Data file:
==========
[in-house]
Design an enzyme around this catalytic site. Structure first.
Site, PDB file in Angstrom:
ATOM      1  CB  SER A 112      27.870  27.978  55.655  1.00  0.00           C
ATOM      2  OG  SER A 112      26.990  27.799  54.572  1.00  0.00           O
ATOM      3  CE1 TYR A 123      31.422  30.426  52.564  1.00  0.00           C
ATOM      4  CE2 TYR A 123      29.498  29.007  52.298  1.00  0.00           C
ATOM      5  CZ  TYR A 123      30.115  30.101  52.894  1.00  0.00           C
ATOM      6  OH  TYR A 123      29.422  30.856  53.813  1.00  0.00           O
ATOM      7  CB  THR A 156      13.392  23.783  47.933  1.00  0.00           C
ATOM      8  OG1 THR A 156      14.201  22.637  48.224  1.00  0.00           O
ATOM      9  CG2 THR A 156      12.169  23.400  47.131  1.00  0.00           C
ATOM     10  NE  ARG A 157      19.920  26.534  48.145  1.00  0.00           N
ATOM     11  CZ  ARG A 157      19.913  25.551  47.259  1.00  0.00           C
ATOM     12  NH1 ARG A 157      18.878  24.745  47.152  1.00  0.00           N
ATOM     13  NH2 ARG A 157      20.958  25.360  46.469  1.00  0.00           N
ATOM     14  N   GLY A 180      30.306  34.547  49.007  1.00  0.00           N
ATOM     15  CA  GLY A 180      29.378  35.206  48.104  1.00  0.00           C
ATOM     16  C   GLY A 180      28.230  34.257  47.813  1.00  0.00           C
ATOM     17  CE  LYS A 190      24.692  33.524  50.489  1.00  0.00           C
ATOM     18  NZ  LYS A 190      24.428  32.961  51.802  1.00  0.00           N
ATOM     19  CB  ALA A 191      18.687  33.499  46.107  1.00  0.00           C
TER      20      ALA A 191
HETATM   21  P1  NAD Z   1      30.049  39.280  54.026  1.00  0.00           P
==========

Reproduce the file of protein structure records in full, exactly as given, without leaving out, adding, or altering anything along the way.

[in-house]
Design an enzyme around this catalytic site. Structure first.
Site, PDB file in Angstrom:
ATOM      1  CB  SER A 112      27.870  27.978  55.655  1.00  0.00           C
ATOM      2  OG  SER A 112      26.990  27.799  54.572  1.00  0.00           O
ATOM      3  CE1 TYR A 123      31.422  30.426  52.564  1.00  0.00           C
ATOM      4  CE2 TYR A 123      29.498  29.007  52.298  1.00  0.00           C
ATOM      5  CZ  TYR A 123      30.115  30.101  52.894  1.00  0.00           C
ATOM      6  OH  TYR A 123      29.422  30.856  53.813  1.00  0.00           O
ATOM      7  CB  THR A 156      13.392  23.783  47.933  1.00  0.00           C
ATOM      8  OG1 THR A 156      14.201  22.637  48.224  1.00  0.00           O
ATOM      9  CG2 THR A 156      12.169  23.400  47.131  1.00  0.00           C
ATOM     10  NE  ARG A 157      19.920  26.534  48.145  1.00  0.00           N
ATOM     11  CZ  ARG A 157      19.913  25.551  47.259  1.00  0.00           C
ATOM     12  NH1 ARG A 157      18.878  24.745  47.152  1.00  0.00           N
ATOM     13  NH2 ARG A 157      20.958  25.360  46.469  1.00  0.00           N
ATOM     14  N   GLY A 180      30.306  34.547  49.007  1.00  0.00           N
ATOM     15  CA  GLY A 180      29.378  35.206  48.104  1.00  0.00           C
ATOM     16  C   GLY A 180      28.230  34.257  47.813  1.00  0.00           C
ATOM     17  CE  LYS A 190      24.692  33.524  50.489  1.00  0.00           C
ATOM     18  NZ  LYS A 190      24.428  32.961  51.802  1.00  0.00           N
ATOM     19  CB  ALA A 191      18.687  33.499  46.107  1.00  0.00           C
TER      20      ALA A 191
HETATM   21  P1  NAD Z   1      30.049  39.280  54.026  1.00  0.00           P